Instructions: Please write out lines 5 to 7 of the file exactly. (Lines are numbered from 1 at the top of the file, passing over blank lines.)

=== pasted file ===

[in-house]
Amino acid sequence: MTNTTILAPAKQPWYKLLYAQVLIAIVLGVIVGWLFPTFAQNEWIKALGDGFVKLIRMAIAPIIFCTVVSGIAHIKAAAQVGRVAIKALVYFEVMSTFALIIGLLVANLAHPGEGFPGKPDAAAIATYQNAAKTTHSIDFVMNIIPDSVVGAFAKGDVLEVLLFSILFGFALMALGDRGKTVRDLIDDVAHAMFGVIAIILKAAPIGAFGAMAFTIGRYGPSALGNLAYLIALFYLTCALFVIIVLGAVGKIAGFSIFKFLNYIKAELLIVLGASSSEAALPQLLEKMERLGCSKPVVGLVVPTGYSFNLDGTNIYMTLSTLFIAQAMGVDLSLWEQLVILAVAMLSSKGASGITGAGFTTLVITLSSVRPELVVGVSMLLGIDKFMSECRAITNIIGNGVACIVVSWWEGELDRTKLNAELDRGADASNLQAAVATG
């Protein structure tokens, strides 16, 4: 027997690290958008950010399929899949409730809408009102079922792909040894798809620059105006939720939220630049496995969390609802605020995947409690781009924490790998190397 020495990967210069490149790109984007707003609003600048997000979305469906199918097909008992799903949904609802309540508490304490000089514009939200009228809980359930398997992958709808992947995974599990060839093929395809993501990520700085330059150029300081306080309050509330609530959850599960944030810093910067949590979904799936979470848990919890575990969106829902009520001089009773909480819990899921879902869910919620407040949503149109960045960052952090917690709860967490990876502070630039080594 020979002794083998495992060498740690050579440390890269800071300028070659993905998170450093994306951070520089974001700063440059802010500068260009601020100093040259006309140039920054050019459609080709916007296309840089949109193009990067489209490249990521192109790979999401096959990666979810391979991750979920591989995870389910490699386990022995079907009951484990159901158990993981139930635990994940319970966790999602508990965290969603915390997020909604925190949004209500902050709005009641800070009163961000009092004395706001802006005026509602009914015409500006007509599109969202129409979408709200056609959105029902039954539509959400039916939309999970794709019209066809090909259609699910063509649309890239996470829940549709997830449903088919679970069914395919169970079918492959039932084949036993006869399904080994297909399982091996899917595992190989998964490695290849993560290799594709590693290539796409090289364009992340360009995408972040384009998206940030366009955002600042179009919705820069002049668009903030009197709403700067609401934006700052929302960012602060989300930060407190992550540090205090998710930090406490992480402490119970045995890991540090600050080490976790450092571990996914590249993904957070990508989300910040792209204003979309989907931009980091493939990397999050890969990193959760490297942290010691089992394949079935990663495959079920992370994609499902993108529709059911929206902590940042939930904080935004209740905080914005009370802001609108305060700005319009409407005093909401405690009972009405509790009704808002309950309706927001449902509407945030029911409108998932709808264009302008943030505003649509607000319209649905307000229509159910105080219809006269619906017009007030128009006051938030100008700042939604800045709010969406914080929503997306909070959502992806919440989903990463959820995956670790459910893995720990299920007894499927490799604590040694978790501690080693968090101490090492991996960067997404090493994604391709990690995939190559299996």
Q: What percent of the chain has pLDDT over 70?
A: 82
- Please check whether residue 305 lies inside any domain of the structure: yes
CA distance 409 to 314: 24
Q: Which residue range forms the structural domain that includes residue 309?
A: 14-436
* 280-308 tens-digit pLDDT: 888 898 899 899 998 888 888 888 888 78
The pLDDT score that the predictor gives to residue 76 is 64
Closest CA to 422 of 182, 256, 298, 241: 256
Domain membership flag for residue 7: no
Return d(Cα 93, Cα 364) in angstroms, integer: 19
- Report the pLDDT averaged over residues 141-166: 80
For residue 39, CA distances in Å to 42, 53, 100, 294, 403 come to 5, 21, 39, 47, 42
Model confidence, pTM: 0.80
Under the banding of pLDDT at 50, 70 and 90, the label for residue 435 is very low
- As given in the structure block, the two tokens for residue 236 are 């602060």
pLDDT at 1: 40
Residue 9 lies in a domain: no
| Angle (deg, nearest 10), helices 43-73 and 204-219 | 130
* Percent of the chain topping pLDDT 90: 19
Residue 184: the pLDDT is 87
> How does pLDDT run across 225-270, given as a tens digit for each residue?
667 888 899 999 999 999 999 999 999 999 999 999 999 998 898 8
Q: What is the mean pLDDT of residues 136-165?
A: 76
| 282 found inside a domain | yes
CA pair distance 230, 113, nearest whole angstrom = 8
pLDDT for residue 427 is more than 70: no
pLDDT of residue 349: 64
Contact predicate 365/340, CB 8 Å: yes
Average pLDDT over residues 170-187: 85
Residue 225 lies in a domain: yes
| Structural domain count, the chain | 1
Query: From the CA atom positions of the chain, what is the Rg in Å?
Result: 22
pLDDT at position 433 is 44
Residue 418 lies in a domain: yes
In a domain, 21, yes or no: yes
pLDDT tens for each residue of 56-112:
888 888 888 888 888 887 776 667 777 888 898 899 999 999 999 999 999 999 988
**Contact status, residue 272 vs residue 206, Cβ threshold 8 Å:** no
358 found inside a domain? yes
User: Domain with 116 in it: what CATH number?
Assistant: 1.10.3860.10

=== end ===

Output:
A: 82
- Please check whether residue 305 lies inside any domain of the structure: yes
CA distance 409 to 314: 24